Q: Hi. I lost my apt a few months ago. I had nowhere to go so 6 wks ago my boyfriend (who lives in his parents finished att
attic) started sneaking me into their house. It’s connected to their living space but they hardly ever go upstairs. And since there’s a a bathroom upstairs, I only went downstairs to come and go through the side door. My rescued pigeons have also been here (parents knew) as well as any belongings I use daily. The rest is in storage. 2 days ago they realized I was here and want me out. Side note: my boyfriend owes me 10k that I was counting on to use as deposit for an apt. He doesn’t have it bc his parents raised a lazy unemployed mooch who doesn’t pay hisdebt. His cousin agreed to cover it but his parents stopped it. Which brings me back to my original point… Do I have any rights (ie do they have to go to court to get me out)? They own the house. My boyfriend does not pay rent, ever. Oh and I only come and go with him, when he unlocks the side door for me. Also, he claims they want him out too. But I’m assuming he has the right to be here until until evicted? Thank you for your help.
Under New York law, even if you have been living in someone else's home without a formal rental agreement, you may still have certain rights as a tenant. Since you've been residing there for more than 30 days, you are considered a month-to-month tenant under New York's tenant laws. This means that the homeowners must go through the legal eviction process to remove you, which includes giving you a formal notice to vacate and potentially filing an eviction lawsuit if you don't leave by the deadline in the notice.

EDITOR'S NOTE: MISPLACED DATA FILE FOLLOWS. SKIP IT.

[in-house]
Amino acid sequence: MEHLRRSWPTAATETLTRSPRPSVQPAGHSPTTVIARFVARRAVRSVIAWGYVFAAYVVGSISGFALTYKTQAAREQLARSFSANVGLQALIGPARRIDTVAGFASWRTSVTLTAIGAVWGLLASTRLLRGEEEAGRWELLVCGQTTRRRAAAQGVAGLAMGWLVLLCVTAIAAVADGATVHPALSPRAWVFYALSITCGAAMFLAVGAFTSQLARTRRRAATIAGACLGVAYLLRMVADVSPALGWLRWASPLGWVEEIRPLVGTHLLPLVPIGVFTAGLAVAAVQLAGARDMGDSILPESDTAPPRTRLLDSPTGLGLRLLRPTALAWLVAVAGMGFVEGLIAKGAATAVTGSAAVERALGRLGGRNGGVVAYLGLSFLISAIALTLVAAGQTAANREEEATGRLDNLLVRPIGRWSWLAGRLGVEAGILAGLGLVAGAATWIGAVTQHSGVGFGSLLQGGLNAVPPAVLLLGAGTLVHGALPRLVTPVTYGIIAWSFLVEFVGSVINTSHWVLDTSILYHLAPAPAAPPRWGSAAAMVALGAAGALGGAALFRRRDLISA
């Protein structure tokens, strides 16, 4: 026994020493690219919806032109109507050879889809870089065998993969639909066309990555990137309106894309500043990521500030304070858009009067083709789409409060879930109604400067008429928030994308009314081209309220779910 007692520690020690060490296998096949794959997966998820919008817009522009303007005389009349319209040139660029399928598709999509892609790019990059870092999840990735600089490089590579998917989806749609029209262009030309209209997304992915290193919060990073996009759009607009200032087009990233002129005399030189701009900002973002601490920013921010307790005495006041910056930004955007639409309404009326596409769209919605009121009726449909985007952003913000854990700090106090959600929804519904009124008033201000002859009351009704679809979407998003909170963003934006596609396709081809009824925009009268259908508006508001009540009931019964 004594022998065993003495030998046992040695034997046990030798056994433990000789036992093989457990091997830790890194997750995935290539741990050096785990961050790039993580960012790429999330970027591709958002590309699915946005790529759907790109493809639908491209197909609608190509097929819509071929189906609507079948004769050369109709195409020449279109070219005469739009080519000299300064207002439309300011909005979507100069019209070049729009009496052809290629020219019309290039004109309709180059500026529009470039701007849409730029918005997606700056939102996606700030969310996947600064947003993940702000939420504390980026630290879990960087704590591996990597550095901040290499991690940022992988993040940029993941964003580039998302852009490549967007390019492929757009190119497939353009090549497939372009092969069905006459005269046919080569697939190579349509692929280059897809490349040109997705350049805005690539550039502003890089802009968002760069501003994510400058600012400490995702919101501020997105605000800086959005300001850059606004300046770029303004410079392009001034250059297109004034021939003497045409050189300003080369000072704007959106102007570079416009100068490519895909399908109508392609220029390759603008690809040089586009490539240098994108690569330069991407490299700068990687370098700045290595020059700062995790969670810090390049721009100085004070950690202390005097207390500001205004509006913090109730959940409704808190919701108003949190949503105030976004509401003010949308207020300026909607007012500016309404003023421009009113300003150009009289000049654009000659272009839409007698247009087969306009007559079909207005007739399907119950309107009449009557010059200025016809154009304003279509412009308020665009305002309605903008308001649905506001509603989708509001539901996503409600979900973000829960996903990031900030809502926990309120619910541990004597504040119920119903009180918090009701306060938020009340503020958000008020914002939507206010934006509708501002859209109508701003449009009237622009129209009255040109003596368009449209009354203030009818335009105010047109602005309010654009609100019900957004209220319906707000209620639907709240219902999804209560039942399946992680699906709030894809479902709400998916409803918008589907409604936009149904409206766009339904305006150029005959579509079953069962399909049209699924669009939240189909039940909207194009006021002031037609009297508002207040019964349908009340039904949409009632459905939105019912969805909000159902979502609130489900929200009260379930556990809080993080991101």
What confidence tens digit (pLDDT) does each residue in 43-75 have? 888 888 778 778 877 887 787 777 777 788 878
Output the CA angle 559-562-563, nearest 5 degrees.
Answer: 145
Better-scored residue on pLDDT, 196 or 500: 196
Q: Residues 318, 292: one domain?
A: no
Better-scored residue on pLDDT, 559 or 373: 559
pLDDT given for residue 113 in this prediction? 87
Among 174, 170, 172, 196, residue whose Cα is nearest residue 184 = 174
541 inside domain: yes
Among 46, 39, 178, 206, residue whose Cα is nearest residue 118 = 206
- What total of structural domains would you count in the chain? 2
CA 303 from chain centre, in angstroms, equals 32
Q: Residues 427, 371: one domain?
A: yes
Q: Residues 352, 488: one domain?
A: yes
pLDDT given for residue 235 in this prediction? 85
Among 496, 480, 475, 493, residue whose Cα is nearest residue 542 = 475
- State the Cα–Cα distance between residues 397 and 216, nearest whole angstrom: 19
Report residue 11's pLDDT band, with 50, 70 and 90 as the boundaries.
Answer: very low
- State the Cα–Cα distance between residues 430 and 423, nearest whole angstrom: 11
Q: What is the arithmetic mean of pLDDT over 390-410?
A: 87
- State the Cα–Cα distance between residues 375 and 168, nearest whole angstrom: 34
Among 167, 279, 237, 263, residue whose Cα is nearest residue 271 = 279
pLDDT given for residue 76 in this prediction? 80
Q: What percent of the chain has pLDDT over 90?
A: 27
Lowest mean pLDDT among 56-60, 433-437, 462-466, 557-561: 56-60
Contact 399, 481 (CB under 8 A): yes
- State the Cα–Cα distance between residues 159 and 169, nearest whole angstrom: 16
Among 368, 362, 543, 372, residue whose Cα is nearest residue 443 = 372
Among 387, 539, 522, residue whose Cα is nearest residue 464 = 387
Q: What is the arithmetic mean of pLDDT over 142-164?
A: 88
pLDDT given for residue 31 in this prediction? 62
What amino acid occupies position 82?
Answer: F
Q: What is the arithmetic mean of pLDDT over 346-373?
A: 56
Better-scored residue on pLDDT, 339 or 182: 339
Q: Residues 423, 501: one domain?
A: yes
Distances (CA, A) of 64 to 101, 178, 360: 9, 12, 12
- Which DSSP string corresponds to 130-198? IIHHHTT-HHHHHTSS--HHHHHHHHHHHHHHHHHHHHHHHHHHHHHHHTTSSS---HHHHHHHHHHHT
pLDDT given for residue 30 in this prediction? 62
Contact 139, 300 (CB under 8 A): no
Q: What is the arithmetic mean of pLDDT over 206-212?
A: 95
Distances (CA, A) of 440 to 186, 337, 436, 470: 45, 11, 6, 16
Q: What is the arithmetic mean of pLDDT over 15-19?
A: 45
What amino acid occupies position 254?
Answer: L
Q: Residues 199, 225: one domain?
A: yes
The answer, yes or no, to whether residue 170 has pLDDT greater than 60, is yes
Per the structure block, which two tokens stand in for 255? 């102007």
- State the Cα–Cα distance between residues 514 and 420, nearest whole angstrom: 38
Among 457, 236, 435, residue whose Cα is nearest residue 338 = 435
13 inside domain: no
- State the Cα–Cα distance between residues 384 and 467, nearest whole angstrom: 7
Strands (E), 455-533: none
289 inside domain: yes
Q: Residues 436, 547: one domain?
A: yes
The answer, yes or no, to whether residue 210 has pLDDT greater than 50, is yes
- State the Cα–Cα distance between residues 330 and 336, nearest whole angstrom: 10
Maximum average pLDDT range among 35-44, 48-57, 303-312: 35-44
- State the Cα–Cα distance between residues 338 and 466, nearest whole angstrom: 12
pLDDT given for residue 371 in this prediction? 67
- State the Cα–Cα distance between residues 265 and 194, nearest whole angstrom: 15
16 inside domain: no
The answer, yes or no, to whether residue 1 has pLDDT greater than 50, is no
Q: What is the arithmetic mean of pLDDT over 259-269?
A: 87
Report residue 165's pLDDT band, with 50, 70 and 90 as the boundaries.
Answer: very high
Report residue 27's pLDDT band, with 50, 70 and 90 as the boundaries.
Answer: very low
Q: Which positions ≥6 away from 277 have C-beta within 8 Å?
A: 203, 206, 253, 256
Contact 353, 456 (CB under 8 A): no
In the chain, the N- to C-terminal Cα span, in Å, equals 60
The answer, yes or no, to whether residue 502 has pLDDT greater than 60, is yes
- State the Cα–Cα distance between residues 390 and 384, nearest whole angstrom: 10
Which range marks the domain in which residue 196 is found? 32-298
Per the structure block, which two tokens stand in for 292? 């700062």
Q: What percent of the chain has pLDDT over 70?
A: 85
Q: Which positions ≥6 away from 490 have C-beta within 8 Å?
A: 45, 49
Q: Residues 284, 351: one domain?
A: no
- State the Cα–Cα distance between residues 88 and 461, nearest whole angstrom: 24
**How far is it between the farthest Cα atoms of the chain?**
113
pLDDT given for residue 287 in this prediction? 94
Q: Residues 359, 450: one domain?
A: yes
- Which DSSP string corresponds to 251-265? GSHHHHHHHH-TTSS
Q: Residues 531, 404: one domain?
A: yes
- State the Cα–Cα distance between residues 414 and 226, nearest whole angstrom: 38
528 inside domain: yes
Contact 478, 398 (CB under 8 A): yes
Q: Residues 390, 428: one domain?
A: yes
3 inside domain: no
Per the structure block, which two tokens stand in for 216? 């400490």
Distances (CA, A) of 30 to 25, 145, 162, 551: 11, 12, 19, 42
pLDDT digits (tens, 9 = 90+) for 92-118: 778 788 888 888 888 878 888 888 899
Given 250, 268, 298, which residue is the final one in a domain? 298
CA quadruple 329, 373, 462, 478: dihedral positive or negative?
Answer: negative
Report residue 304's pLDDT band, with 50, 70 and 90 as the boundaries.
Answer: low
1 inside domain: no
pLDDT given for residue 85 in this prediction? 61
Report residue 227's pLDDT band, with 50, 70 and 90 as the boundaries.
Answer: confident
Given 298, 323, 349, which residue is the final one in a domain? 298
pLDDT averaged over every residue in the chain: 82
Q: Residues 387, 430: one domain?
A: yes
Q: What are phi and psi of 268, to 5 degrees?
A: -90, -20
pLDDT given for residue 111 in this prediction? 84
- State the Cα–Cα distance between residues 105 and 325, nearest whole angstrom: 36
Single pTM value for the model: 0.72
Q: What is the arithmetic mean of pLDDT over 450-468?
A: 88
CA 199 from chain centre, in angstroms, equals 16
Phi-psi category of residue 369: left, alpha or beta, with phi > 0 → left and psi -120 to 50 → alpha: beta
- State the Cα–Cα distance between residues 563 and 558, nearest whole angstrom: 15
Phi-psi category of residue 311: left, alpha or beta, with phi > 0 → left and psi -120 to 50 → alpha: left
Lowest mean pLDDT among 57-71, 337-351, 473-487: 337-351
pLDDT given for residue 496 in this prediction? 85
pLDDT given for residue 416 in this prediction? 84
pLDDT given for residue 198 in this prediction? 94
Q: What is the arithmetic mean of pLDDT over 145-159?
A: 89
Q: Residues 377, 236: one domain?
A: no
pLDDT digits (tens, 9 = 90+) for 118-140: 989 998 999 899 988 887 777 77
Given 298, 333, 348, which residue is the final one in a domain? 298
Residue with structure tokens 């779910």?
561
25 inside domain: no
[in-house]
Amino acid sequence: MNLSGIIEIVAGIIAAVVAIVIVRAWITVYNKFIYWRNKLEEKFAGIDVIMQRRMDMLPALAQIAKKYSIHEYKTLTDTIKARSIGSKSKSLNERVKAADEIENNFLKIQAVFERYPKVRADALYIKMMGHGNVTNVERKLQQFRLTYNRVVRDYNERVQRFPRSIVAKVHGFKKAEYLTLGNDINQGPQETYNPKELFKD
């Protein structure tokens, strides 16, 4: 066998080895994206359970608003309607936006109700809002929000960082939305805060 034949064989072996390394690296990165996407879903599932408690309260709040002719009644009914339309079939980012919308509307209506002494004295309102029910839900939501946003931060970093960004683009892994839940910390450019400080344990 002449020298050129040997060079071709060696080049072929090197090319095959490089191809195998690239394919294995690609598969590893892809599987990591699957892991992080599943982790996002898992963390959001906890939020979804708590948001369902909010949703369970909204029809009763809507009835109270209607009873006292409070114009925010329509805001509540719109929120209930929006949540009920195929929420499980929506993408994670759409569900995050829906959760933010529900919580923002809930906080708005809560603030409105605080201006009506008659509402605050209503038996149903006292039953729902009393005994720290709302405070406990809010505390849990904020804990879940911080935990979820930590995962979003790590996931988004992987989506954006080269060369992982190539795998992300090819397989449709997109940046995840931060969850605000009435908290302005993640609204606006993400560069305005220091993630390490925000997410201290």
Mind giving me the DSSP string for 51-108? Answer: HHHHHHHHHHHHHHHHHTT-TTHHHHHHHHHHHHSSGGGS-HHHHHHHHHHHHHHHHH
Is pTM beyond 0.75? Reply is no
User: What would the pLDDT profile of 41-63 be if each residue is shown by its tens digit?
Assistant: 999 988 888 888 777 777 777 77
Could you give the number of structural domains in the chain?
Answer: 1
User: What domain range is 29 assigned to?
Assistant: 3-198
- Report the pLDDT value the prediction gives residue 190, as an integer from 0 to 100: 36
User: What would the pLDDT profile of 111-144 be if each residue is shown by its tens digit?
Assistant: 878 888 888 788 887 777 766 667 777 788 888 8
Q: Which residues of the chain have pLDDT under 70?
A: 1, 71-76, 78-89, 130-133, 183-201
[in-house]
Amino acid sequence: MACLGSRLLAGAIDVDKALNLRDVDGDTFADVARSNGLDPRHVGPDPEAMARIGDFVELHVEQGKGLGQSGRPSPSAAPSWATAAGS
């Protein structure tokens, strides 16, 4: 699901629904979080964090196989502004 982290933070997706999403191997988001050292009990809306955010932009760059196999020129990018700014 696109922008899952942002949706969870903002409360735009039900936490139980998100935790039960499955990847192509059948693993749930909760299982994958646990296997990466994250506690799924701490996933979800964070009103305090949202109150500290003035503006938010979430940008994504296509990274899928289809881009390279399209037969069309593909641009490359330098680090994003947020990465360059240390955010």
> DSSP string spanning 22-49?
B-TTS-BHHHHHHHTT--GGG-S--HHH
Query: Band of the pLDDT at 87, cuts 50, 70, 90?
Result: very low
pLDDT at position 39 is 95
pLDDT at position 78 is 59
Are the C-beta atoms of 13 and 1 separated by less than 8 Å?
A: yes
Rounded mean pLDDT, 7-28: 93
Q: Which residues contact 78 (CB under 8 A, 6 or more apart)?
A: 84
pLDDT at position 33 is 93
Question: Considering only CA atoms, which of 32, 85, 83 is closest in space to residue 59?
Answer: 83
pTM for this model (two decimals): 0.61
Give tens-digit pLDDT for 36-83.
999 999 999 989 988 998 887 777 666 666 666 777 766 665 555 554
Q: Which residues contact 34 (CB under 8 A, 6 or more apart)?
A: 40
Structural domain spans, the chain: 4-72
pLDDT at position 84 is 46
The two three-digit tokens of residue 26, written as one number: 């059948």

Your boyfriend's situation is separate from yours. If he is a resident and his parents want him to leave, they must also follow the proper legal eviction process. It's important to understand that these processes are subject to specific legal requirements and time frames.
Regarding the debt your boyfriend owes you, this is a separate legal matter. You might consider seeking legal advice or taking civil action to recover the money he owes you. In the meantime, it would be wise to start looking for alternative housing options, as living in a situation where you are not welcome and could be legally evicted may not be sustainable in the long term.
Steven Warren Smollens agrees with this answer
Dear Queens Resident:
Sneaking into the house does not create any legal protection against eviction. When the homeowner discovers that you have been in the house without their permission--their attorney may very well decide you are a squatter. On the other hand, using the expression "sneaking" when you are accommodating a legal resident into his home seems a bit careless. Sneaking in is a crime--coming in with a legal occupant is not.
The real issue is how the parents react to their son. If they level a legal eviction claim against him--unless he agrees to cease sneaking you into their home--he will need to choose between you and his parents. The homeowners cannot proceed against you alone since, at a minimum, you are a Licensee of the son who continues to grant you entry into his home. But they could decide to end the son's legal occupancy, and you won't have a greater right to the home than he has.
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